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EDTA-assisted hydrothermal synthesis, characterization and photoluminescent properties of Mn2+-doped ZnS

Authors
Journal
Journal of Luminescence
0022-2313
Publisher
Elsevier
Volume
153
Identifiers
DOI: 10.1016/j.jlumin.2014.03.063
Keywords
  • Zns Nanoparticles
  • Mn Doping
  • Photoluminescence
  • Edta-Assisted Hydrothermal Method
Disciplines
  • Earth Science
  • Geography

Abstract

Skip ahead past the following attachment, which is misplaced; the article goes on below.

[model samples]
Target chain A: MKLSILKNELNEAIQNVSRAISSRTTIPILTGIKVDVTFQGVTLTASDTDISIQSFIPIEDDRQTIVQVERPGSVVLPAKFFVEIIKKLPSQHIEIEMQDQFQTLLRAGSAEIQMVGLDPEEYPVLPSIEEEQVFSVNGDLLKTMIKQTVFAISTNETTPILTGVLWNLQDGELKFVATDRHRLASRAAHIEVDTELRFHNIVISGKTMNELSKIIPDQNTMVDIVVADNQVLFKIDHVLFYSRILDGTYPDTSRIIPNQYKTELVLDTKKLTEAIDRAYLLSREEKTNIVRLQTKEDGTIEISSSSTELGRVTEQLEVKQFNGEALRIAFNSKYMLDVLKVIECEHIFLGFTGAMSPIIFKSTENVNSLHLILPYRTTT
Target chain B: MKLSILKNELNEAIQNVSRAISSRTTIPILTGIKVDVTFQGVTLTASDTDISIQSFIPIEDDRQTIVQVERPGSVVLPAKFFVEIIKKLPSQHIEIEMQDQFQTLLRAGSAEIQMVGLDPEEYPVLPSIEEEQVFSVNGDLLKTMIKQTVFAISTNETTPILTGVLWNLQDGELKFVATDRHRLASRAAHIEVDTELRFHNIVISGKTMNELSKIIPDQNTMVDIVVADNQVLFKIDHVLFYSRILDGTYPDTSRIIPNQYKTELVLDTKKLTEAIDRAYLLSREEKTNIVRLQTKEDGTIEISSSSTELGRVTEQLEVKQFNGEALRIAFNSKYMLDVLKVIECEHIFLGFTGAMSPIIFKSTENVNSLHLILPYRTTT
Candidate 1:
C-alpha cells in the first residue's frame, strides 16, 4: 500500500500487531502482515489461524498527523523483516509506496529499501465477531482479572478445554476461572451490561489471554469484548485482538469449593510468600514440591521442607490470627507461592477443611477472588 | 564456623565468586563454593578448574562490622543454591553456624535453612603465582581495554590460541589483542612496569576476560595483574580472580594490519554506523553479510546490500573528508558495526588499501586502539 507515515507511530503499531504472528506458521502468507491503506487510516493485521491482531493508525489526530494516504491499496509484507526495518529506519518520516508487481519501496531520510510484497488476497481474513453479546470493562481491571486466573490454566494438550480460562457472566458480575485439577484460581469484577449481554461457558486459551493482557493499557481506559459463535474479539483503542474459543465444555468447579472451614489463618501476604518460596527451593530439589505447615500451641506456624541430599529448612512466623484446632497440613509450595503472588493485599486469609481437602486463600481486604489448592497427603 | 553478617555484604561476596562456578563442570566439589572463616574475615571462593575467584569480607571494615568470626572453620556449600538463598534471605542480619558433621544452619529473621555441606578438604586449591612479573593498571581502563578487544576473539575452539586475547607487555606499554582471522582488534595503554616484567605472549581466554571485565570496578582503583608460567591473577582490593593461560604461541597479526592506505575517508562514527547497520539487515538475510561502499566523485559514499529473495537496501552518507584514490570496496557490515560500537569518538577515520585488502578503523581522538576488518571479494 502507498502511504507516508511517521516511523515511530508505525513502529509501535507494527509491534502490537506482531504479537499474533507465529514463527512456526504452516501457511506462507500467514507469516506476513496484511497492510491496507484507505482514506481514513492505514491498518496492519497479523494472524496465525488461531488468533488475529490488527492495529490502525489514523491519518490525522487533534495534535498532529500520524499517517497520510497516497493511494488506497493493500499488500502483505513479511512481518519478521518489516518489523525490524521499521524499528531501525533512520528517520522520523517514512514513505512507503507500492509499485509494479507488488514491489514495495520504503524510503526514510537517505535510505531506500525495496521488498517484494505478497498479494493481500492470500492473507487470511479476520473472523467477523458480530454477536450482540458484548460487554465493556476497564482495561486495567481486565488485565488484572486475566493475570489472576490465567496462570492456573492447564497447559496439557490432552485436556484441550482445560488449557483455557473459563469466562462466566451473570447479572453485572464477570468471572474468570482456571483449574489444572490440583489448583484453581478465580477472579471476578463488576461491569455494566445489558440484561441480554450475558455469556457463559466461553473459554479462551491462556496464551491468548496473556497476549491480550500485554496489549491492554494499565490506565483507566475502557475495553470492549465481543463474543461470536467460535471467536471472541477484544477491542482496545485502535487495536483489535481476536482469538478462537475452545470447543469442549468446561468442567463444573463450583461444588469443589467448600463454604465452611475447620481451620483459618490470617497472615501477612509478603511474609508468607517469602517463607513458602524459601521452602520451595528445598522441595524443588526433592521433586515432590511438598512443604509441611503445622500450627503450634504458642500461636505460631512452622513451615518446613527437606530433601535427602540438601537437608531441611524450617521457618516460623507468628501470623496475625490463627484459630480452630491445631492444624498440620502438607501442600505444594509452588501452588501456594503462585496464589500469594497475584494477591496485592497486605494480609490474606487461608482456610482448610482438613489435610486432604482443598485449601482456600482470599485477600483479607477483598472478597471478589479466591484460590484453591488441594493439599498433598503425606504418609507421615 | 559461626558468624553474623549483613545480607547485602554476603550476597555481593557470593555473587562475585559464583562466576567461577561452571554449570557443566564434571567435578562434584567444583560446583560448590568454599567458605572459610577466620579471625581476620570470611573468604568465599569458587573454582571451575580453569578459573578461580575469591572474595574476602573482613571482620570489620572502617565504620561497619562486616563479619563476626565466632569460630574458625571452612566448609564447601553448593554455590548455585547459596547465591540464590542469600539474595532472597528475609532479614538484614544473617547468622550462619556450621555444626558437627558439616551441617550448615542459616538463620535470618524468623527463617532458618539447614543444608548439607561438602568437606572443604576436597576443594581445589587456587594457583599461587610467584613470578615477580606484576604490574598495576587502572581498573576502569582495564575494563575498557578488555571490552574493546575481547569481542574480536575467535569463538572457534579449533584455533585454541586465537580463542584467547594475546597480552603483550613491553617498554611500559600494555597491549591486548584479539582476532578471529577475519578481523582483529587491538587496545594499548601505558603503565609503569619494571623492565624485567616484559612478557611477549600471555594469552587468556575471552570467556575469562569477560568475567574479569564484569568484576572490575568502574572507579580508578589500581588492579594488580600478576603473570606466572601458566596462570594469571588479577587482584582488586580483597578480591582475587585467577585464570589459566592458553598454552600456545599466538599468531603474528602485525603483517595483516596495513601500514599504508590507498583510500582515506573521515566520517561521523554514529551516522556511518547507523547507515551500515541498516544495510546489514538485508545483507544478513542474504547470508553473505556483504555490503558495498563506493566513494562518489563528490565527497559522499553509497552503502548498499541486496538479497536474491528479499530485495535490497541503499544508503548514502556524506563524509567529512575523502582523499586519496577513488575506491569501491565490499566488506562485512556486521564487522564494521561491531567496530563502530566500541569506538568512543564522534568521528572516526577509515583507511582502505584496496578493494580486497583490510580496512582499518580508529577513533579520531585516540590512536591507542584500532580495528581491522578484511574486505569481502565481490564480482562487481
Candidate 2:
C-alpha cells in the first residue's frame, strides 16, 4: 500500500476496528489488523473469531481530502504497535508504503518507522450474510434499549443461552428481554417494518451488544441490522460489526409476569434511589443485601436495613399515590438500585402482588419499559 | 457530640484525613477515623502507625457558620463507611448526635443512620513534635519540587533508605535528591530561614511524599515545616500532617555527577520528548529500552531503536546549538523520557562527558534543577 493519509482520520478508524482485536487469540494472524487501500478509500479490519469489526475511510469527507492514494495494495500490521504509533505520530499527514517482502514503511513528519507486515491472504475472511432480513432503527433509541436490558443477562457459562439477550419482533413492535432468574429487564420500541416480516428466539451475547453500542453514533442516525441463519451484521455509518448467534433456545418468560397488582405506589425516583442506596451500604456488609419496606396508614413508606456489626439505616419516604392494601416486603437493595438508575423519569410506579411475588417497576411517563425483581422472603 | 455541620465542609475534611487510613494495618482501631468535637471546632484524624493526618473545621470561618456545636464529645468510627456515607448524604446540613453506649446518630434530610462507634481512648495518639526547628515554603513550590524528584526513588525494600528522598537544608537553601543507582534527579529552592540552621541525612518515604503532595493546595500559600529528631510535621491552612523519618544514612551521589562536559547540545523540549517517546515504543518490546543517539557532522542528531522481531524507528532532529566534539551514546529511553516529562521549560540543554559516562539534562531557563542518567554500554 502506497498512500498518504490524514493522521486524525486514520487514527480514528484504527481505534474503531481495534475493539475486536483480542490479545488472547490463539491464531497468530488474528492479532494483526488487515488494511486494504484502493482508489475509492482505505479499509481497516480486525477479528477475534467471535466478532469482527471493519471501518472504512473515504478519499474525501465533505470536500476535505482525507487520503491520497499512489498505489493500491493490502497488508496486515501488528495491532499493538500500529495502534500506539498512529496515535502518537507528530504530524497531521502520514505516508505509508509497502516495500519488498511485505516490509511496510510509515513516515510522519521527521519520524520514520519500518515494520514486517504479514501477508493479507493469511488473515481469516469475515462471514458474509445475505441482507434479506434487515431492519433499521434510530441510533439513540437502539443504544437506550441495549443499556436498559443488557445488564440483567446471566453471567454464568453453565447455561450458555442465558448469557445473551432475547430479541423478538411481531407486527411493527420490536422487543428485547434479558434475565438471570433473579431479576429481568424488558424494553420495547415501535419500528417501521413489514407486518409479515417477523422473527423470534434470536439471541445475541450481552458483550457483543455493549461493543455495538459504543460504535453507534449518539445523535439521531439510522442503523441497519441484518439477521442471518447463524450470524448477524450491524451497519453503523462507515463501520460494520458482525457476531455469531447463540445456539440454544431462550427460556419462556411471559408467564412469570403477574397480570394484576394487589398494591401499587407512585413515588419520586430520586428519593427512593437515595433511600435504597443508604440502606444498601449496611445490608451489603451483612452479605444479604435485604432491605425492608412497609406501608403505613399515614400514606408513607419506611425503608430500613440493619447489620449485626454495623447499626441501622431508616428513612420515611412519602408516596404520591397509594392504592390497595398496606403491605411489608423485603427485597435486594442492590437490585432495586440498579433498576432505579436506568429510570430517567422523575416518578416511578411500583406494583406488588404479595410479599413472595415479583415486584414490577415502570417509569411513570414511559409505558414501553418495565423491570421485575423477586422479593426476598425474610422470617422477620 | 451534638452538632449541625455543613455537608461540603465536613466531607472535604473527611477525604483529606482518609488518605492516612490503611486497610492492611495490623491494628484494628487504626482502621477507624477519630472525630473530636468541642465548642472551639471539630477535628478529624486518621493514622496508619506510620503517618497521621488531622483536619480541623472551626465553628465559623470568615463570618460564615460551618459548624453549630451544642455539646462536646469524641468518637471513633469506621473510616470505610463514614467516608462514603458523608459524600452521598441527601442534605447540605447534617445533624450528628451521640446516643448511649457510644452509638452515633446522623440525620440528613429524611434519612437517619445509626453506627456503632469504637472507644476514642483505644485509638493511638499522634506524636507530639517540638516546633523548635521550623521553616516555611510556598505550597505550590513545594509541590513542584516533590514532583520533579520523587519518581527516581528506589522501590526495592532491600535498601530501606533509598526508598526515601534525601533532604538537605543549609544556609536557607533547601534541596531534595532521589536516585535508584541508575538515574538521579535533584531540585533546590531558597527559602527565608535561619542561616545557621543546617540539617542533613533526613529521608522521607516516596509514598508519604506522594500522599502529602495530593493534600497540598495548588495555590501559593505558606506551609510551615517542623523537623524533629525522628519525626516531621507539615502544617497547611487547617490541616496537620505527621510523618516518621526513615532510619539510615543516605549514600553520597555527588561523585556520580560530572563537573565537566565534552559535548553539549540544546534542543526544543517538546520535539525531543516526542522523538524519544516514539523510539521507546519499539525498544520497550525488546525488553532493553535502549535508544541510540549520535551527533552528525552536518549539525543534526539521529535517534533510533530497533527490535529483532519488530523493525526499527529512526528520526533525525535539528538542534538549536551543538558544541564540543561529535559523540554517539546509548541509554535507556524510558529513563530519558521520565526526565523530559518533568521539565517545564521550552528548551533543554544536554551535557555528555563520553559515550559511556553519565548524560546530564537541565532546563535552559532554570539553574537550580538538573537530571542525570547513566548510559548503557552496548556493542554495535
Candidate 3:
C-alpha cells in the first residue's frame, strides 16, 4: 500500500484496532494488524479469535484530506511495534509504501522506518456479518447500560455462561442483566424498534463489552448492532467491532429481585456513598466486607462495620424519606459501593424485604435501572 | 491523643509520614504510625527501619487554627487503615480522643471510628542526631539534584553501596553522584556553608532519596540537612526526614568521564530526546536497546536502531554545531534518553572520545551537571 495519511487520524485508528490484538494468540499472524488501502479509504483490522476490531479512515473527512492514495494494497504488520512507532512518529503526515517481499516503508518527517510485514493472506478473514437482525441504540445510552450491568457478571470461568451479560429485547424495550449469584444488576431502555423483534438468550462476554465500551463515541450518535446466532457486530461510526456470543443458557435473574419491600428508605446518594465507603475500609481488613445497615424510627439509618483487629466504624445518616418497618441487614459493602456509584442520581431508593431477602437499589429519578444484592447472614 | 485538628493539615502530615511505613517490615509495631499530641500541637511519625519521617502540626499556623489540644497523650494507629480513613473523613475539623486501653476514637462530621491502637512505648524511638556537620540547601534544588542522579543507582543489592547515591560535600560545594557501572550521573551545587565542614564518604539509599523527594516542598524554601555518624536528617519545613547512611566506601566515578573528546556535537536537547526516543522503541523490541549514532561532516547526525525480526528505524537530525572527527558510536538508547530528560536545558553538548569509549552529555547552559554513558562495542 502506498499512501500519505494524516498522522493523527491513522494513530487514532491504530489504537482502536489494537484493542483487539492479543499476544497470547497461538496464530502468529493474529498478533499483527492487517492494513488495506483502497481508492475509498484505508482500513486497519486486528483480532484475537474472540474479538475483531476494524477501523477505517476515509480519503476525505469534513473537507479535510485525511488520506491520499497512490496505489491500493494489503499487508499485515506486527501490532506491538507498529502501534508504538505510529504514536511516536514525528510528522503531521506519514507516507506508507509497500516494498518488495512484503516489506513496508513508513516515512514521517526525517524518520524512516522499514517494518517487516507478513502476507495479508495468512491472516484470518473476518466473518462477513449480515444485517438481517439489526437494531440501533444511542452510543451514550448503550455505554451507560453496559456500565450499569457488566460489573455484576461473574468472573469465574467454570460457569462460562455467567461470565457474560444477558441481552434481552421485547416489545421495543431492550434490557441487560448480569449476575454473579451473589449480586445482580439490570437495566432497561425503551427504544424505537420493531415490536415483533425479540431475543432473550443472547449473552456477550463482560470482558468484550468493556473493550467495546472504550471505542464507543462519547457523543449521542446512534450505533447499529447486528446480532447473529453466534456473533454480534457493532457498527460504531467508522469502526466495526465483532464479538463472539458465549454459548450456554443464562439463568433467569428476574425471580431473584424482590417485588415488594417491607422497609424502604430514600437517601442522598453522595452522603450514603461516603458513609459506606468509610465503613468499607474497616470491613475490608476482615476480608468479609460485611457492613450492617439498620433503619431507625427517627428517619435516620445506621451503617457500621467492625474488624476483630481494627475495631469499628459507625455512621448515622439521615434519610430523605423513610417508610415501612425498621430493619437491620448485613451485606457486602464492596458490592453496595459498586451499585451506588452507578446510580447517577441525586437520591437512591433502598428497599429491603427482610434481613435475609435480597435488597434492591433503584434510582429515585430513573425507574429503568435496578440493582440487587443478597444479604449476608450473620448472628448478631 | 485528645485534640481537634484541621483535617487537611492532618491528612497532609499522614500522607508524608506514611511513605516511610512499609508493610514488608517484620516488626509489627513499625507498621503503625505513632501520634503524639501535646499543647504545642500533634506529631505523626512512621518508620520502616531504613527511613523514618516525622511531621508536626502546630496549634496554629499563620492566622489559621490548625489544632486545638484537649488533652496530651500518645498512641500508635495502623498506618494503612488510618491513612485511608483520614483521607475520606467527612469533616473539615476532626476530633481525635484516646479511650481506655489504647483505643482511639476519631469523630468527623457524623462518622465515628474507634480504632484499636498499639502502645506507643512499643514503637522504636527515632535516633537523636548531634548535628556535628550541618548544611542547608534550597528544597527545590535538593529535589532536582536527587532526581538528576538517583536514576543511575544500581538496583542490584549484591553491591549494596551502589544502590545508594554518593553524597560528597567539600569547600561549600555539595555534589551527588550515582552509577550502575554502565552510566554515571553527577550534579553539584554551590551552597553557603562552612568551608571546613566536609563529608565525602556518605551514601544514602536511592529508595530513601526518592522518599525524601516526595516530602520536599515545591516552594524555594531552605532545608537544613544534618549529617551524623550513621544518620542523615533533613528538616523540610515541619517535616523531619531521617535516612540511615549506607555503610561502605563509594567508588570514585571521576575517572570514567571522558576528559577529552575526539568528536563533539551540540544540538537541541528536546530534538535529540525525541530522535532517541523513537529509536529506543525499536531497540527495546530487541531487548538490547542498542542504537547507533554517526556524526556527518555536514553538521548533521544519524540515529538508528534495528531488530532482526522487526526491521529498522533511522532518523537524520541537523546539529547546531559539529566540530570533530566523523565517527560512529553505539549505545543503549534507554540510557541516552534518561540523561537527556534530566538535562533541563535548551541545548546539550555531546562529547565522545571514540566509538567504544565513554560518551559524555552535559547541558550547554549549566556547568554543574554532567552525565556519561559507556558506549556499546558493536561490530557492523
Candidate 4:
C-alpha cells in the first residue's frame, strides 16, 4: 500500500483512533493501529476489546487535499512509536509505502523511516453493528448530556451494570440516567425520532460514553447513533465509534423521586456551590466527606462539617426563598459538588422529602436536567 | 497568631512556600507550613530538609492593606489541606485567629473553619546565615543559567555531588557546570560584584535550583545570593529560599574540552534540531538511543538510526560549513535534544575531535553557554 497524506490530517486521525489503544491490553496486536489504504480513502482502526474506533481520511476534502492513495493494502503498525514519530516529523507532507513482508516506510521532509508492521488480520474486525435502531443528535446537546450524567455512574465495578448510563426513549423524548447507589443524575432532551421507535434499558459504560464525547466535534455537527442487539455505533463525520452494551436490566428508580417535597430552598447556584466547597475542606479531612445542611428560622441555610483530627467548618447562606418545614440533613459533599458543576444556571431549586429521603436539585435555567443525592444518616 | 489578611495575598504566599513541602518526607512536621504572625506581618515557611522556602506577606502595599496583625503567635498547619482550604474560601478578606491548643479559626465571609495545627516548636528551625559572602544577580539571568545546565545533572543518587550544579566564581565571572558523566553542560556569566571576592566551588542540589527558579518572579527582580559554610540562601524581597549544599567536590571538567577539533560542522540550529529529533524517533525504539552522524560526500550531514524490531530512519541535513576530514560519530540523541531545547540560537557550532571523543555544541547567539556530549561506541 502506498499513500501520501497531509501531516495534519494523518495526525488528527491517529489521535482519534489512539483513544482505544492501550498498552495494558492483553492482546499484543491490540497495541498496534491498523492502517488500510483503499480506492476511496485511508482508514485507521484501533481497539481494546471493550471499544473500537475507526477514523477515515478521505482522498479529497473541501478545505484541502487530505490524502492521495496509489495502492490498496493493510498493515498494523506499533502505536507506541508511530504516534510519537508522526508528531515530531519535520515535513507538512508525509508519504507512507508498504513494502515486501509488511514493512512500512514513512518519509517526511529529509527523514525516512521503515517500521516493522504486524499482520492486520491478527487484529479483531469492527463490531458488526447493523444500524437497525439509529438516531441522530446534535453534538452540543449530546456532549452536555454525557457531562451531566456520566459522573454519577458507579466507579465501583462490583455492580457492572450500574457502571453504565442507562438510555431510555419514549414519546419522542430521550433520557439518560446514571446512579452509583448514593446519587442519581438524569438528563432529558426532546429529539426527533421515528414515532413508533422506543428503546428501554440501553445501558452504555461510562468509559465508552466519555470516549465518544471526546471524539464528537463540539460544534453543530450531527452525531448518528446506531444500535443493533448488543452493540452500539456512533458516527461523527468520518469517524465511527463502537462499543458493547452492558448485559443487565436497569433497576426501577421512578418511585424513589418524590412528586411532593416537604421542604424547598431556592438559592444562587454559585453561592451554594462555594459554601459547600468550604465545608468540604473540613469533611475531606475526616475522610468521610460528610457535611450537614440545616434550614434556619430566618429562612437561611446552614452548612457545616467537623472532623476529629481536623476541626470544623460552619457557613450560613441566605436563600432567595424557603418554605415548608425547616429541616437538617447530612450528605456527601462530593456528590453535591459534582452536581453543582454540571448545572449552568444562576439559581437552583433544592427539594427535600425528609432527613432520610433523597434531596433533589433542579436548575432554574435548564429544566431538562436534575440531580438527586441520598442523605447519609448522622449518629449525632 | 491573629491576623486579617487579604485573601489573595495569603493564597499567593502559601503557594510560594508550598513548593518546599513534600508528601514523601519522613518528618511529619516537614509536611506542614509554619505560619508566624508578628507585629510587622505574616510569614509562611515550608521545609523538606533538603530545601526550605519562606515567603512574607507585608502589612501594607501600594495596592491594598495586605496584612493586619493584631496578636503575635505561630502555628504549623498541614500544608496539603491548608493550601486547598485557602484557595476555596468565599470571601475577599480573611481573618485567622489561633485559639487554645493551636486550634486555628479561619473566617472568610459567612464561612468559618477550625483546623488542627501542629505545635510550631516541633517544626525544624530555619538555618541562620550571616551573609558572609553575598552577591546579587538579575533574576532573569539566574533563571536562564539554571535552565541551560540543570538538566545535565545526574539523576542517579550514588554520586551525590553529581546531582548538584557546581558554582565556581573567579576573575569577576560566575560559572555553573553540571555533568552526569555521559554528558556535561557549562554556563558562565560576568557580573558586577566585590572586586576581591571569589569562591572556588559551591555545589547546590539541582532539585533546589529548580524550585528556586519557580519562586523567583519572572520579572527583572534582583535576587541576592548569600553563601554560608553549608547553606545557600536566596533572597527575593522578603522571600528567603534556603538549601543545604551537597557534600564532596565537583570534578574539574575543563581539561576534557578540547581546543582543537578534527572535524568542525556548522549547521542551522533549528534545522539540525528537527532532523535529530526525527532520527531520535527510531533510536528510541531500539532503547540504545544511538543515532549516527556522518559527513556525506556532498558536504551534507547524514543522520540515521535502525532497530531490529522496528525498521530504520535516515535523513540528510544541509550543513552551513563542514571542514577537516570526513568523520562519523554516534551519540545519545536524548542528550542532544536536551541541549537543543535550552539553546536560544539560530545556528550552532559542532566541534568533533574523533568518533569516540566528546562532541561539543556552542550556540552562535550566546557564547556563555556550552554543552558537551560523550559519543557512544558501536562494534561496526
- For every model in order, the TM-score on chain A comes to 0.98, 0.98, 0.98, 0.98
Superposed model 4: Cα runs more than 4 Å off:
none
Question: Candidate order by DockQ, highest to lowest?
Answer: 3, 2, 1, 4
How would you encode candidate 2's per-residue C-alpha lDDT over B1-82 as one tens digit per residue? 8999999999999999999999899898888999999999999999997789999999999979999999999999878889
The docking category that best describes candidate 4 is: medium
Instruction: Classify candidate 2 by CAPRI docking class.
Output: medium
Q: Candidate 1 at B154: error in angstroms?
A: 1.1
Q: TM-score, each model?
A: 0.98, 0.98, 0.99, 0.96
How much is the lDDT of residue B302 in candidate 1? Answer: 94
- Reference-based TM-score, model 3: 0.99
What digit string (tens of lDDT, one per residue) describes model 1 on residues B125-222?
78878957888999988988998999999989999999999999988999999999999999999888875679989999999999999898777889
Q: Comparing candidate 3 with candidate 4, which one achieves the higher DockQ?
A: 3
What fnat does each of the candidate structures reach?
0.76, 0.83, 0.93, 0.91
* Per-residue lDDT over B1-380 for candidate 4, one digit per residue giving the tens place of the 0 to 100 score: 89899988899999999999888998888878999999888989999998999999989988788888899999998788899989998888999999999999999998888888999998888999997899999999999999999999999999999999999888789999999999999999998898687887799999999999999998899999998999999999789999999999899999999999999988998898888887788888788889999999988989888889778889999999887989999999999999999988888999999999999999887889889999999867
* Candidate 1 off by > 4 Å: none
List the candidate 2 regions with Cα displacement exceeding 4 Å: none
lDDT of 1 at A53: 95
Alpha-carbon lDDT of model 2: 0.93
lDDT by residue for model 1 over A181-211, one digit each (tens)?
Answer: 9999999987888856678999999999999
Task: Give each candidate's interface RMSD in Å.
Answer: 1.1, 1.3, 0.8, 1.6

Abstract In this paper, undoped ZnS and Mn2+-doped ZnS nanocrystals were synthesized through a facile EDTA-assisted hydrothermal method. The as-synthesized powder samples were systematically characterized by employing the following characterization technique such as X-ray diffraction (XRD), field emission scanning electron microscopy (FESEM), high resolution transmission electron microscopy (HRTEM), UV–visible optical absorption and photoluminescence (PL) spectroscopy. X-ray diffraction pattern revealed the presence of material in single phase with average crystallite size of about 3nm and the material remained cubic over the whole Mn solid solution range. Formation of ultrafine, spherical and homogeneous dispersed nanoparticles with size 4nm was confirmed by HRTEM analysis. Absorption shoulders of the samples were blue-shifted as compared to bulk ZnS (3.6eV) with decrease in the energy band gap as the Mn concentration increases. The room temperature photoluminescence (PL) spectra of Mn2+-doped ZnS nanocrystalline showed extra peaks in yellow–orange and red region in comparison of pure ZnS. Mn induced PL was suggested with the significant enhancement of the PL intensity in ZnS:Mn nanocrystalline due to Mn incorporation. The red shift in the yellow–orange emission peak can be attributed to the change in band structure due to the formation of ZnS:Mn alloy with increase in Mn2+ concentration. The yellow–orange emission peak corresponds to the 4T1(excited)–6A1(ground) transition of Mn2+ ion in Td symmetry in the ZnS host lattice. The emission peak in the red region may be due to Mn2+ d–d transitions in (Zn Mn)S matrix as some of the nearest neighbors of Mn2+ are now predominantly S atoms due to their random positioning nature in the nanocrystallite and Mn–Mn interaction at high Mn2+ concentration. This type of doped semiconductors with multi-band emission can be made bioactive when they are linked with suitable biomolecules.

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